Times have been tough in the auto rental market, why with fewer people traveling amid the threat of a pandemic and even fewer needing temporary wheels.
On a related note, the hospitality business hasn’t been buzzing either; many hotels and resorts are just now reopening after months of COVID-induced inactivity. Same goes for retailers, so many now emphasizing online content with storefronts shuttered.
All the more reason for companies in such sensitive industries to have a customer loyalty program, says Bill Swift, chief technology officer at Brierley, a firm based out of Frisco, Texas, that has been providing an array of options for its international corporate clientele since the mid-1980s.
“What differentiates us is our approach to designing profitable programs and the flexibility our platform offers to enable unique loyalty solutions across many vertical industries,” Swift tells Toggle in June. “One differentiator is how we manage customer information and the dynamic nature in which we establish a customer’s profile, transaction and engagement activity. Points, credits, miles—the options the company can then offer a valued customer are extensive.”
Those capabilities are growing. In 2015, Brierley was acquired by Tokyo-based Nomura Research Institute, and venerable founder Harold Brierley now applies his marketing acumen at the aptly named Brierley Institute for Customer Engagement at Southern Methodist University.
A Japanese infotech solutions and consulting company, Nomura has ambitious plans for its entity in Texas, with Swift among the leaders for transformation and change. Two major projects are now underway: Project Kona and the company’s approach to client delivery.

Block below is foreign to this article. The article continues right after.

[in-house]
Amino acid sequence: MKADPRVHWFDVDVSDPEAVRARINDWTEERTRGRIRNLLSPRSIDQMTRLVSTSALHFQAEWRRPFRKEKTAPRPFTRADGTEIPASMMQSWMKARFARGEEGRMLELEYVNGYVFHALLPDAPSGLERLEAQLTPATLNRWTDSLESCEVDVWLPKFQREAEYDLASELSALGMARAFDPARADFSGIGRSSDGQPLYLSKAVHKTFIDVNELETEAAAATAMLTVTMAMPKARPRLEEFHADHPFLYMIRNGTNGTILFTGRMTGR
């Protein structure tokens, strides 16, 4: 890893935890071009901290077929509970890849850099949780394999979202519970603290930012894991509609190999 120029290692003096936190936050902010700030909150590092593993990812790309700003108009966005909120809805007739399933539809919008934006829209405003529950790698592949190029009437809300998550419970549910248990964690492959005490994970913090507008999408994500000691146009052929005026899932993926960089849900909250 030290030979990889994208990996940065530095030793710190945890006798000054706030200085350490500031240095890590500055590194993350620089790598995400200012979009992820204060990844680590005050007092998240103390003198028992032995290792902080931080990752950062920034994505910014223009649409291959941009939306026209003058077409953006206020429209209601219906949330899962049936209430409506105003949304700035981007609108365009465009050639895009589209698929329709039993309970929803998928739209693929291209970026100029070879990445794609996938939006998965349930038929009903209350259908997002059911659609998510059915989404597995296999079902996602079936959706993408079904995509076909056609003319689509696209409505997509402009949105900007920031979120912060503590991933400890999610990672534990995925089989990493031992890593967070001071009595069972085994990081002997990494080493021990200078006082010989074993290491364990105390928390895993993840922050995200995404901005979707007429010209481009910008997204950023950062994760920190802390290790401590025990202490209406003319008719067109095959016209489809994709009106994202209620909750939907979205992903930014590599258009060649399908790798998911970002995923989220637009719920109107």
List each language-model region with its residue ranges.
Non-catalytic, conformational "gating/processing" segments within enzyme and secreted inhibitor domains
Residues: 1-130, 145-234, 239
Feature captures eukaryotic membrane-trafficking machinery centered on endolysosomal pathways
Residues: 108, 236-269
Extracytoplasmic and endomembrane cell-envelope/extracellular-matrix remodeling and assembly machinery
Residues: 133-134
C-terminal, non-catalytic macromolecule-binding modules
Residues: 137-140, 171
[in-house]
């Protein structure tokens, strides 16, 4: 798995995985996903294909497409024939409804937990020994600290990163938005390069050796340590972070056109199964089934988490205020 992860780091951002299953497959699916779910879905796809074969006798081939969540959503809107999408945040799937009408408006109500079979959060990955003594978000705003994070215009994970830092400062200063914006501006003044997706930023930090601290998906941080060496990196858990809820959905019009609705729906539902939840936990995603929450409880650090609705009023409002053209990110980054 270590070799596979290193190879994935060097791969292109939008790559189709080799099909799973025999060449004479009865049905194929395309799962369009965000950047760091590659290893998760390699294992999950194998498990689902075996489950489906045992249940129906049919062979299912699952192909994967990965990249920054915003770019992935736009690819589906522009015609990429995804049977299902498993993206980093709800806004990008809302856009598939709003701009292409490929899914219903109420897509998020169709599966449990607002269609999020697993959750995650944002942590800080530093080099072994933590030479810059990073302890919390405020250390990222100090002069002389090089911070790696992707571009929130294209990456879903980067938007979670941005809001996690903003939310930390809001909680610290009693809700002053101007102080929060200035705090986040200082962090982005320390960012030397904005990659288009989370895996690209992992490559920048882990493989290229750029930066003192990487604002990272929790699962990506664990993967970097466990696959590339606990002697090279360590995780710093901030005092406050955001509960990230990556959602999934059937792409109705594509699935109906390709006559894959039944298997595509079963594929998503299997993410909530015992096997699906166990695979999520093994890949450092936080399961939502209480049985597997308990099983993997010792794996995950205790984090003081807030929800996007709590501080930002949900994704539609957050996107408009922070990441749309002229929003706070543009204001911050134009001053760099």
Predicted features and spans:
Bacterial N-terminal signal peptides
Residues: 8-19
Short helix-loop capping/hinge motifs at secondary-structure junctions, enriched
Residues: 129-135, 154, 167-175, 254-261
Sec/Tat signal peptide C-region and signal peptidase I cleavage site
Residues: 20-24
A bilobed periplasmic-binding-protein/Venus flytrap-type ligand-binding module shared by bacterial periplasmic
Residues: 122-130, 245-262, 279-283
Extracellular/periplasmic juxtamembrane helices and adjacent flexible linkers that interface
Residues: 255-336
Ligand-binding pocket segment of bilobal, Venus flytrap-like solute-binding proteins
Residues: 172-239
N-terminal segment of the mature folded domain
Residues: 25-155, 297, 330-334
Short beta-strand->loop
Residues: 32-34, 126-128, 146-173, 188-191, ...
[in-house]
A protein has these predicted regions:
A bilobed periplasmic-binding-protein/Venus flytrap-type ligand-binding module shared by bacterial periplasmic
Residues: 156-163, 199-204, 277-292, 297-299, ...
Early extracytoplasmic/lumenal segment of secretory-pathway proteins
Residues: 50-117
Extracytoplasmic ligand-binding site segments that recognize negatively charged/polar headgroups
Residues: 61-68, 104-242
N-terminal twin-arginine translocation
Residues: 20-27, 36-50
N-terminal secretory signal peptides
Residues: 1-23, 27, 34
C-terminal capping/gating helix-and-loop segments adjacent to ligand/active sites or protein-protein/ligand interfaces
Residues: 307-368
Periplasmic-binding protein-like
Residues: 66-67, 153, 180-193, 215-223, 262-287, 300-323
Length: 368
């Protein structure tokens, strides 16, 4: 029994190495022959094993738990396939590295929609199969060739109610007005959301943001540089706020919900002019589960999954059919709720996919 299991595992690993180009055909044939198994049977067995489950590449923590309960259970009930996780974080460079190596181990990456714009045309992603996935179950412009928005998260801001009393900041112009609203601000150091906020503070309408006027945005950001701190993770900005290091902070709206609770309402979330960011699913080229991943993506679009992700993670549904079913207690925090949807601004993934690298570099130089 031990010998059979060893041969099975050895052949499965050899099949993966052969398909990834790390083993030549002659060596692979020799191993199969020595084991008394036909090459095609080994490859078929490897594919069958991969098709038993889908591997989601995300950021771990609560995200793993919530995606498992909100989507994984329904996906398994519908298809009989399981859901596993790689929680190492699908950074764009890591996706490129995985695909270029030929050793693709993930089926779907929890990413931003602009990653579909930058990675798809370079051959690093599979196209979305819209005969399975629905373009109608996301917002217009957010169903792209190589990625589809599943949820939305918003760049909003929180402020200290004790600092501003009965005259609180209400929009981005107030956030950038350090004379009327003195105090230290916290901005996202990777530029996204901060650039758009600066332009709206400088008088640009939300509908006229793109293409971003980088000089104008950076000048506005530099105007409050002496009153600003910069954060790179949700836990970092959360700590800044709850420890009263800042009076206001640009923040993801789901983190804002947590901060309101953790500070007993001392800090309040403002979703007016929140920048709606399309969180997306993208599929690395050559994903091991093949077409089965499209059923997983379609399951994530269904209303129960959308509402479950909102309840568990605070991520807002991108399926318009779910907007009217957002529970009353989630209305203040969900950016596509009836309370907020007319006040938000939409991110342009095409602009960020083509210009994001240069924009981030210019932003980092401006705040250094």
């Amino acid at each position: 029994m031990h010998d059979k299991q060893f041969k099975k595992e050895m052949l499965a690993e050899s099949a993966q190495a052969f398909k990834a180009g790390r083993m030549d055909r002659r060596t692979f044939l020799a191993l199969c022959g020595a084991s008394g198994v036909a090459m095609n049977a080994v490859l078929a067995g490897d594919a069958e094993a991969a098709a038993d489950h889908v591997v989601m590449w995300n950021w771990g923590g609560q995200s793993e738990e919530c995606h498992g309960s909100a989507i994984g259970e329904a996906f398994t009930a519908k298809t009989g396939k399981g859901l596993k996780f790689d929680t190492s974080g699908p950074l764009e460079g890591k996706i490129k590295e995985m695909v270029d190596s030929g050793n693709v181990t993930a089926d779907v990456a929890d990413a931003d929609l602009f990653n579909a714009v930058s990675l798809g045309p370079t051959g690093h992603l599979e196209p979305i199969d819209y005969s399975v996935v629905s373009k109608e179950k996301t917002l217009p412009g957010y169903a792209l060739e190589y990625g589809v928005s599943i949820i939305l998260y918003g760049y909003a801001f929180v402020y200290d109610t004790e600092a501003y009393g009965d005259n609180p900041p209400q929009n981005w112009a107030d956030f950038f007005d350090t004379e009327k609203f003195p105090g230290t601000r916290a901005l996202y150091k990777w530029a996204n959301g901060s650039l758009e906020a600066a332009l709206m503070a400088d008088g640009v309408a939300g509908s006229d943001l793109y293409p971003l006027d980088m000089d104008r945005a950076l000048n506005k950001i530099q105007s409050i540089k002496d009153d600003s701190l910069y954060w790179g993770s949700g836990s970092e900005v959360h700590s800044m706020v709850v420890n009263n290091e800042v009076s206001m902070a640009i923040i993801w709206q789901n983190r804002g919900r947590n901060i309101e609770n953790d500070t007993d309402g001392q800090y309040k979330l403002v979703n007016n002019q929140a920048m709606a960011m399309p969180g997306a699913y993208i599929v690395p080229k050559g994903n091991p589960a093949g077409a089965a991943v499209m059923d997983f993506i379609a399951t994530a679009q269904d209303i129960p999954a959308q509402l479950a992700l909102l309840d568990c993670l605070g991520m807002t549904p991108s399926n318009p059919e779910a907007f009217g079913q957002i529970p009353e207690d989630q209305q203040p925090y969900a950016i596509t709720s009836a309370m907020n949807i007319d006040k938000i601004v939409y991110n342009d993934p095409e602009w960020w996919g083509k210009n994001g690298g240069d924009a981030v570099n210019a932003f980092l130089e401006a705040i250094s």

The former is coined after the Ironman World Championship, whose events entail a 2.4-mile swim in sharky waters, a 112-mile bike race and a marathon ending at the shore of Hawaii’s Kailua-Kona Bay.
This Kona, however, is more about mentally strenuous perseverance, it being the next generation of Brierley’s proprietary LoyaltyOnDemand platform that is a cloud-based, user-friendly means for companies of any size to seamlessly manage their rewards programs.
According to Swift, there are three pillars to Kona: the user interface; the means for a company to build and execute global, multi-brand loyalty programs; and the technical infrastructure on which it’s assembled.
As far as client delivery is concerned, this transformation is about people and methodology, and becoming fully agile. Around 20 in-house squads of seven or eight people are working on separate but intertwined projects.
“We’re changing everything across the enterprise,” Swift says. “The challenge here is that it’s really easy to be completely agile for product development, but as a service provider it becomes more difficult, especially when working with marketing organizations that have a predefined scope and unmovable deadlines.”
At any rate, Swift says Brierley’s recent initiatives will simplify the process while sustaining the in-house mindset, which he likens to that of a 30-year-old startup. He’s been part of the team for almost 20 of those years, commencing when Brierley was still a consultancy, then going deeper with customer engagement and continuously upgrading on the tech front.